The pros and cons of living in a housing estate
New estates are cropping up everywhere you look these days, particularly on the suburban fringes of our major cities. Estate living offers brand-new, affordable homes and the promise of a close-knit community akin to your childhood memories, but drawbacks can include far-flung locations and a lack of infrastructure.
Would living in a housing estate suit you and your family? Check out the list of the pros and cons to find out!
A fresh start:
A new estate means a brand-new home, designed to your specifications and featuring the fixtures and fittings you love, not those you’ve inherited from previous owners. You may also be eligible for a First Home Owners Grant (FHOG), stamp duty discounts and other government concessions, which could save you a considerable pile of cash.
House and land packages in new estates tend to be significantly cheaper than established homes in suburbs closer to town, enabling first homebuyers grappling with unaffordability the opportunity to enter the market sooner. Many developers also offer low-deposit options, where buyers with minimal savings may be able to use the FHOG to form the bulk of their deposit.
Most large estates are designed with families in mind, so they include ample parklands and playgrounds for kids, along with walking tracks and barbeque areas. Estate living is great for young families – your children will have loads of friends to play with, and you’ll be surrounded by couples at a similar stage in life to yours.
You may run into problems when it comes to your home’s façade, your choice of fencing, and other cosmetic elements under the design guidelines of the estate. While developers say these guidelines are in place to ensure consistency and enhance the local surrounds, many homeowners find them quite restrictive. They can cover everything from the orientation and architectural style of the home, to the way in which corner blocks are developed. Many new estates also have sustainability and conservation guidelines, including protection of certain trees.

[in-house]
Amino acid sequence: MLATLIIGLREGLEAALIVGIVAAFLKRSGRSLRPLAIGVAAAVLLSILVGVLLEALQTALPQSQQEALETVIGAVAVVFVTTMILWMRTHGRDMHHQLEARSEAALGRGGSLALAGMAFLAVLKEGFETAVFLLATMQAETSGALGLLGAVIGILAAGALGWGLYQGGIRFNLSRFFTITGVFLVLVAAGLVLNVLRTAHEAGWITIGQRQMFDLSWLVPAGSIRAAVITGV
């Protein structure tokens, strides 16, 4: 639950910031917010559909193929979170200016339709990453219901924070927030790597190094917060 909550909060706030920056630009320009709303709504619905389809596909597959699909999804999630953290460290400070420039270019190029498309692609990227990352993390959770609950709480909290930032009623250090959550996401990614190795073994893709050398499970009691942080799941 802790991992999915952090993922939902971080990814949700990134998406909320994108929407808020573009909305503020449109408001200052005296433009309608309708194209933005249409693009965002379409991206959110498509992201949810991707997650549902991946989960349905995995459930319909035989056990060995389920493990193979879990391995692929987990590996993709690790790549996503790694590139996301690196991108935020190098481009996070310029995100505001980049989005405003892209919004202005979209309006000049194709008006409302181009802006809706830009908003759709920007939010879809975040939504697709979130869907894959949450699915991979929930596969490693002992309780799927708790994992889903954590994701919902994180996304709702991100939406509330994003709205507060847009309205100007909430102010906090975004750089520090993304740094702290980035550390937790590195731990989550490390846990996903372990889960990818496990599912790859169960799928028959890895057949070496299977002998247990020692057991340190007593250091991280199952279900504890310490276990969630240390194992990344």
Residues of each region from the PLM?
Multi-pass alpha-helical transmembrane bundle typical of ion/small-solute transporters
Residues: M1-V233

New suburbs are an unknown quantity: with limited market history it’s impossible to know whether your home is going to grow in value, or what the rental market will be like should you choose to turn it into an investment down the track.
Off the beaten track:
If you choose a home at the heart of a large estate, you could find yourself a considerable distance from amenities such as supermarkets, chemists and the post office, which may become an annoying inconvenience.
A major pitfall in brand-new suburbs can be a lack of public transport, as the infrastructure is playing catch-up to the population boom. In some new estates, the locals face a long hike to the nearest bus stop, where services can be few and far between. Others may have no bus service at all, and be forced to drive to the nearest railway station to commute.
Location, location, location:
Possibly the biggest drawback to estate living for city slickers is that new estates can only be built in areas where large swathes of vacant land still exist – and this is unlikely to be close to the CBD.
For some workers, the commute may simply be unfeasible, and for families, the distance from schools and attractions can be a major detractor. But if you are seeking a quieter life a little further out from the rat race, a new estate could be perfect for you!
Read more: The realities of home ownership in Australia
Source: RealestateVIEW Blog